The pattern of the two crimes was strikingly similar — in each the attacker gained admission to the apartment of the victim around noon by posing as a newsboy, and in each he used a knife to threaten the victim. This similarity made it likely that upon the trial of the second crime evidence of the first would be admissible whether the second case was tried before a jury or before a different judge. It is clear, however, that the defendant was unwilling to plead guilty to the second charge. Yet at the conclusion of the first trial on the preceding afternoon the judge had emphatically indicated that he did not believe the defendant or the defendant's mother who had testified as an alibi witness. It is also clear that the defendant felt that the judge who had tried the first case was prejudiced against him. In this situation the statute gave the defendant an absolute right to a change of venue from that judge to another. Ill. Rev. Stat. 1957, chap. 146, par. 21; see, e.g., People v. Smith, 28 Ill.2d 445; People v. McWilliams, 350 Ill. 628.

In numerous cases we have refused to hold that tactical decisions made in the course of a trial by an attorney appointed to represent the defendant indicated lack of competence. (See People v. Wesley, 30 Ill.2d 131, 136.) This case, however, involved more than a tactical decision. The overriding considerations were the defendant's insistence upon a trial and the demonstrated attitude of the trial judge. We are of the opinion that adequate representation of the defendant required that the attorney who represented him move for a change of venue based upon the prejudice of the trial judge or demand a trial by jury. We hold, therefore, that the conviction upon indictment No. 57-3441 must be reversed and the cause remanded for a new trial.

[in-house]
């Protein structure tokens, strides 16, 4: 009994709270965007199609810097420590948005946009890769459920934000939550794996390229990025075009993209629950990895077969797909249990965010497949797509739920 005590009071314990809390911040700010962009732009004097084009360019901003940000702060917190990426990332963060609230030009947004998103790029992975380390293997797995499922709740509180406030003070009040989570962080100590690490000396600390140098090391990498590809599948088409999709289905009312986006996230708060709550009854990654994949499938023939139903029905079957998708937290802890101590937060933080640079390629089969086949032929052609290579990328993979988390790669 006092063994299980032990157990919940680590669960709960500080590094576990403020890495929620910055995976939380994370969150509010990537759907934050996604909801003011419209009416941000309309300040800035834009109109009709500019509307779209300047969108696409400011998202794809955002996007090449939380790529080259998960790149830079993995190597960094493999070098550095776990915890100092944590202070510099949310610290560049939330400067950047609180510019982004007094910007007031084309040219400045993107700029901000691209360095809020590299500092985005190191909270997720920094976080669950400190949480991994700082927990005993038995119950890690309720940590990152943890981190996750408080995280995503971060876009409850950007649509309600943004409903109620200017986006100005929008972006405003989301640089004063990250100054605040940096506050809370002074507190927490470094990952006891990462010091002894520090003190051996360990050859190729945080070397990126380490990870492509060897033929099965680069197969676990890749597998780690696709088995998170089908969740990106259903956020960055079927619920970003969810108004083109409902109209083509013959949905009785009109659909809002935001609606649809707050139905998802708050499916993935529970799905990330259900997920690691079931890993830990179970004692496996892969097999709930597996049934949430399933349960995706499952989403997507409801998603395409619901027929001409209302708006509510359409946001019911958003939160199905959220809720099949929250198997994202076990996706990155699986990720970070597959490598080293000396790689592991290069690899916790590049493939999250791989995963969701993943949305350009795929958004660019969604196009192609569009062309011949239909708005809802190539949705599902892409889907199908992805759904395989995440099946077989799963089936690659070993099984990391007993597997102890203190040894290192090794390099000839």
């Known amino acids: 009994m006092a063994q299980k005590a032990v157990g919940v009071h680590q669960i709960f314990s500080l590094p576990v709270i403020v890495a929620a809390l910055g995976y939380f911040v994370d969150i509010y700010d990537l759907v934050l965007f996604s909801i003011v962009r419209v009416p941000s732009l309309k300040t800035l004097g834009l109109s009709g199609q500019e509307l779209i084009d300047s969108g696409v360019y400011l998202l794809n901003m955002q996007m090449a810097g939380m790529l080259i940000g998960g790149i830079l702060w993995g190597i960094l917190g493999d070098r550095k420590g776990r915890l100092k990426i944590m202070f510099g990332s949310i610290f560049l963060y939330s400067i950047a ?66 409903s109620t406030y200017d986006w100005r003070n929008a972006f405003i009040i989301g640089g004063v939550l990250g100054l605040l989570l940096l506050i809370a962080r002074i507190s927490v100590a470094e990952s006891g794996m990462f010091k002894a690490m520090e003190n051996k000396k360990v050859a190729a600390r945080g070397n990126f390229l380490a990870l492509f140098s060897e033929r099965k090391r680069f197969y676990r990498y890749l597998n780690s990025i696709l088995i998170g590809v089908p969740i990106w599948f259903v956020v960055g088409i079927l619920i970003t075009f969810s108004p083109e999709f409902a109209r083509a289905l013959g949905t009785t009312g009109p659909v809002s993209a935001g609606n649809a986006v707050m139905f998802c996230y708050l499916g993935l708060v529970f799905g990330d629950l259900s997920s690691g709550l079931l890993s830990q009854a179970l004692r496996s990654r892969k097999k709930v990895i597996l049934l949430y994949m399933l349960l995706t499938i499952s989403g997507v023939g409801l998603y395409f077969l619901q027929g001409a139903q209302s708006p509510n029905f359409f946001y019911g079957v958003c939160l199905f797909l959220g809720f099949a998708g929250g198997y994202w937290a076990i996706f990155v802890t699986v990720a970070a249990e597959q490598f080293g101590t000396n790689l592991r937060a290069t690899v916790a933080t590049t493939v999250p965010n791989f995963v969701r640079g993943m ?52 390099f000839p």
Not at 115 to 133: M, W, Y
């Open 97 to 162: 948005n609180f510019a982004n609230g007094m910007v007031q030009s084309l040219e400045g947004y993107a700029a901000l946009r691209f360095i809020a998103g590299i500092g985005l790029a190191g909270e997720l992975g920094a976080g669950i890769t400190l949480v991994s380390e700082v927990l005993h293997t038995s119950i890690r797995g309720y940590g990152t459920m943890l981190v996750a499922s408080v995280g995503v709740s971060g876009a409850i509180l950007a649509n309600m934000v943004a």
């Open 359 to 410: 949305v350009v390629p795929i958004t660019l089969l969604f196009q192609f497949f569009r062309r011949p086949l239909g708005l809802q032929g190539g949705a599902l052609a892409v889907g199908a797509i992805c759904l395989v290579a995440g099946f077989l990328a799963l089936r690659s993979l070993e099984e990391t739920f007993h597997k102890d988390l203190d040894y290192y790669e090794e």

Before the defendant was sentenced on February 13, 1958, his attorney sought leave to file in each case a petition which recited that he had been informed "that the circumstances surrounding the conduct of the defendant in the matter for which he has been found guilty indicated that the defendant was not a normal person mentally." The petition recited that the defendant had been examined by the Behavior Clinic of the criminal court of Cook County prior to the commencement of the trial, and that it was the opinion of the clinic that the defendant was sane. "Upon said information" the petitioner stated the fact to be that the defendant was presently insane, and prayed for a new examination into the question as to the sanity of the defendant. The trial judge denied leave to file the petition prior to the imposition of sentence but permitted it to be filed after sentence was imposed.

At the time of the trial the applicable statute provided: "If, after the verdict of guilty, and before judgment pronounced, such person become lunatic or insane, then no judgment shall be given while such lunacy or insanity shall continue. * * * In all of these cases, it shall be the duty of the court to impanel a jury to try the question of whether the accused be, at the time of impaneling, insane or lunatic." (Ill. Rev. Stat. 1957, chap. 38, par. 593.) When a doubt as to the defendant's mental capacity arises from the court's own observations, or by suggestion of counsel, (People v. Cleggett, 22 Ill.2d 471; People v. Burson, 11 Ill.2d 360), it is the duty of the trial court to consider whether there are sufficient facts to raise a bona fide question of the defendant's mental capacity, and, if there are, to impanel a jury to resolve the question. People v. Anderson, 31 Ill.2d 262, 266.

In the present case the conduct upon which the defendant's counsel based his request for a hearing as to the defendant's mental capacity had occurred in the presence of the trial judge. That conduct could have been attributable to mental incapacity, but it could also have been attributable to the defendant's belief that he was not receiving a fair trial. The trial judge acted upon the latter view, and we can not say that his determination was erroneous.

The defendant's final contention is that the sentences were improper because each judgment provided that the term of imprisonment which it imposed should not commence until the sentence under the other judgment had been served. Since the judgment entered upon indictment 57-3441 must be reversed and the cause remanded for a new trial, it is not necessary to correct that judgment. The judgment entered upon indictment No. 57-3438 is vacated and the cause is remanded to the circuit court of Cook County for the imposition of a proper sentence. People v. Dennison, 399 Ill. 484; People v. White, 377 Ill. 251.

No. 57-3438 Judgment vacated and cause remanded with directions.

No. 57-3441 Reversed and remanded.

Mr. JUSTICE WARD took no part in the consideration or decision of this case.

19670119